Whether you’re thinking about becoming a vegetarian or just want to cut down on the amount of meat you consume, you might be worried about how this will affect your health. And you are right, because meat and other animal products are major sources of protein in our diets.
Or maybe you are joining the protein craze and looking to diversify your protein sources? Keep reading—you’ll find lots of helpful information.
Why is protein important?
- It is an essential nutrient that helps your body build and repair all kinds of tissue from bone and muscle to skin and cartilage.
- Protein is also used to produce various chemicals, such as enzymes and antibodies to keep your hormones in check and your immune system up.
- Upon consumption, protein gets broken down into amino acids—the building blocks of life.
- Your hair and nails are mostly protein.
- Unlike fat, protein is not stored in your body—it is used up as it comes.
How much protein is the “right” amount?
As you can see, your body needs protein for many reasons. How much protein? It largely depends on your age, weight, activity level, overall health and many other factors. The current U.S. recommendation is 0.36 grams of protein per 1 pound of body weight, which translates into somewhere between 40 and 60 grams of protein per day for an average adult.
To give you a better idea:
- McDonalds Double Cheeseburger: 25 grams of protein
- Subway 6″ Pastrami Melt: 27 grams of protein
- KFC Chicken Pot Pie: 29 grams of protein
Of course, there is no such thing as “an average adult” – athletes, as well as pregnant or nursing women will need more protein than someone whose physical activity is limited to walking a dog, for example. Talk to Cara-Michele to determine how much protein is the right amount for you if you feel like you might not be getting enough.
The majority of the U.S. population, however, doesn’t suffer from protein deficiency. Quite the opposite—we might be consuming too much protein due to our reliance on animal-based protein sources.
Will consuming too much protein harm you?
Not necessarily, but let’s not forget that protein is not zero-calorie. Moreover, if most of your protein comes from animal products, it’s often accompanied by fat—something you might want to keep in mind if you are watching your weight.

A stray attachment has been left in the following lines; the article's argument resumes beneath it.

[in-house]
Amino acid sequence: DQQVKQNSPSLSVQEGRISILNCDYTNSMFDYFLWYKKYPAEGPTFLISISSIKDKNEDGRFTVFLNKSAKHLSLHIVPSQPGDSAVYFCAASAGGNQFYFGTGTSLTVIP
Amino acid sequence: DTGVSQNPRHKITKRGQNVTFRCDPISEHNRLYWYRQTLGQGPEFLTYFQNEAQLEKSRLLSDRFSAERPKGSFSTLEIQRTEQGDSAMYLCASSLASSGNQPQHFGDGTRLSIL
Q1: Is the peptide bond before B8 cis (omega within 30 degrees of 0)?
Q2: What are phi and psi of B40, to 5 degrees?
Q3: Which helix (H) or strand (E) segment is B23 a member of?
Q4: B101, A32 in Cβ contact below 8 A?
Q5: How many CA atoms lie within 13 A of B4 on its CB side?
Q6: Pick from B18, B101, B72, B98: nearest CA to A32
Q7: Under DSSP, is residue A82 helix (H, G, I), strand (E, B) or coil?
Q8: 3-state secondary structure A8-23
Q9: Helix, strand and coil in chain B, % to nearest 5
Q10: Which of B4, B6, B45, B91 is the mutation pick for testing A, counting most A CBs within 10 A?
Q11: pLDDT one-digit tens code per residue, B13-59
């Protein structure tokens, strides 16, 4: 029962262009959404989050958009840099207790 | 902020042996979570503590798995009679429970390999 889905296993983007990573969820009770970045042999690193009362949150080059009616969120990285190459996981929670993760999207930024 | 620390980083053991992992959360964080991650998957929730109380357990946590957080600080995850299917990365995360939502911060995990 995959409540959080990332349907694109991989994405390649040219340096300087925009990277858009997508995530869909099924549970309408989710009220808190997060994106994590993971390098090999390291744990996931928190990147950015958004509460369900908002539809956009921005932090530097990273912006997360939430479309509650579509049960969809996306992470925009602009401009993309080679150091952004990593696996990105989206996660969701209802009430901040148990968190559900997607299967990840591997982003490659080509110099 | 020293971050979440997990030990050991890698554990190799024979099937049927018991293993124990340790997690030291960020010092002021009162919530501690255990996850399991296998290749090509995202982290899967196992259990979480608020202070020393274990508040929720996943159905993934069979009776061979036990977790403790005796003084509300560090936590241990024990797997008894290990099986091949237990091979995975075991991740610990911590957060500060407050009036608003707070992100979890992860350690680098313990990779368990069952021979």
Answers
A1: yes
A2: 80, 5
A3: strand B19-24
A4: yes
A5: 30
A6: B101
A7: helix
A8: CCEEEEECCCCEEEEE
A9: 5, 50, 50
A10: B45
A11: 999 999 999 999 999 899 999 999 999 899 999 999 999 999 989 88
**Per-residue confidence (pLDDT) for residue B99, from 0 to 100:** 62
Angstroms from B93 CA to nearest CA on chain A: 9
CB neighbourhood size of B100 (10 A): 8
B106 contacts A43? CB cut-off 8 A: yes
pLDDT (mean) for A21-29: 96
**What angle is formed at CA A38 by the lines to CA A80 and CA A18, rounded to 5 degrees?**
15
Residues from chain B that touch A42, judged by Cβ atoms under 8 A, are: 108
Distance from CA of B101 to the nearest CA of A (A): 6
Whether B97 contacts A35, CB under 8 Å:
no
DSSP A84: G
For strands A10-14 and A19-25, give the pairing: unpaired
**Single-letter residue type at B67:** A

A recent study has also linked red meat consumption to the risk of death in a young age from heart disease, cancer and other conditions. Processed red meat is even worse in terms of affecting your longevity.
Protein quantity vs. quality
Let’s pause for a second and go back to amino acids—the tiny particles that make up protein. Amino acids are very important for our health and wellness and our bodies, in fact, produce some of them (they are called non-essential amino acids.) However, some amino acids we get exclusively from our diets. These amino acids are essential and it’s crucial that the food we eat provides them.
While animal products such as meat, eggs, fish and dairy typically contain the full range of essential amino acids, you can also get them from plant-based sources. Soy and soy-based products like tofu and tempeh also meet your body’s amino acid needs.
There are many other foods that contain proteins with essential amino acids, but usually not all of them at once like soy does. This means when you eliminate animal products from your diet or cut down on their consumption, you should carefully think through your new diet. You will need to consume a variety of different protein-rich foods to make sure you get all essential amino acids.
You don’t have to get all of your essential amino acids in one day. Eating a full cup of hazelnuts or a stalk of broccoli in one setting might not be the best way to get your protein. Spread almond butter on your whole wheat toast, sprinkle some almonds in your salad or make a side dish of beans—you get the idea! These little bits of protein here and there eventually add up to your daily dose.
Remember—meat and animal products are not your only sources of protein. You can absolutely meet your daily protein and amino acid requirements by consuming plant-based food (and cut down on cholesterol in the process!) Need help figuring out your body’s protein needs or planning a vegetarian diet? Give Cara-Michele a call at (410) 296-4028 or contact us online for nutritional counseling and acupuncture in Towson, Maryland.